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Netflix Not Entering New Zealand

29 Nov, 2011 By: Erik Gruenwedel

Low broadband penetration and prohibitive content costs cited as significant challenges

Netflix’s burgeoning streaming empire is bypassing New Zealand’s 4.4 million inhabitants due to poor broadband household penetration and digital content rights, among other issues, a company executive said.

Speaking Nov. 25 at a technology confab in Aukland, Brent Ayrey, VP of product innovation with Los Gatos, Calif.-based Netflix, told attendees that just 66% of the country’s homes have high-speed connectivity, in addition to an Internet infrastructure he said was incapable of handling the requisite streaming data.

Indeed, Netflix streaming in the fall accounted for 32.7% of peak download traffic in the United States, according to the latest data from Sandvine, with real-time entertainment applications representing 60% of peak downstream traffic. That’s up from 50% in 2010.

“It's really a function of, do people watch TV? Do we have the content? Does the internet infrastructure work? The answer for at least the last question for New Zealanders is no,” Ayrey said, according to a report in ComputerWorld.com.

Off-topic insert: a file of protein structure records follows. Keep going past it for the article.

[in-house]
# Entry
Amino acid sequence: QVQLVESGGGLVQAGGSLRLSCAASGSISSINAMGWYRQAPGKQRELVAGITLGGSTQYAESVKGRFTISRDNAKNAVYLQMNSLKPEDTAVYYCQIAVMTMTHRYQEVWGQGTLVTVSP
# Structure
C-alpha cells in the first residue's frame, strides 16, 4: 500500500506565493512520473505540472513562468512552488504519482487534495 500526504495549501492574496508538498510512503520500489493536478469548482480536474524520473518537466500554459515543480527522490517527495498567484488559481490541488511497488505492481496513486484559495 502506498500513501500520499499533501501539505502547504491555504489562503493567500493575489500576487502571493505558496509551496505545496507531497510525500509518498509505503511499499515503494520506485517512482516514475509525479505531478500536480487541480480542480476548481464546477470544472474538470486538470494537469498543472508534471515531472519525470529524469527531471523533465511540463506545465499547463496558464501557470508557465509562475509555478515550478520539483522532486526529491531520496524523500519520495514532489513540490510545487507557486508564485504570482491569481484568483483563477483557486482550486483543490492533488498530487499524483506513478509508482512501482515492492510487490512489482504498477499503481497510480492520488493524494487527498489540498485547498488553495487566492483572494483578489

Netflix, which launched streaming service in Latin America, the Caribbean and Mexico this year, is bowing service in the United Kingdom and Ireland early next year.

In addition to connectivity, Ayrey said Netflix would face significant challenges wresting movie and TV programming rights from studios, which already have deals in place with several Sky satellite TV properties, including a majority-owned by-mail DVD and Blu-ray subscription service called Fatso.

He said as the global market for Web-enabled TVs grows (expected to reach 500 million homes by 2015, Ayrey said), delivering subscription video-on-demand across international borders will become more realistic.

“The dream for us is to get to scale and buy some of that content globally, but today the structure is very much geographically determined,” Ayrey said. “Different markets have different sets of rules, different structures, different players and different distributors. It's fairly complicated.”


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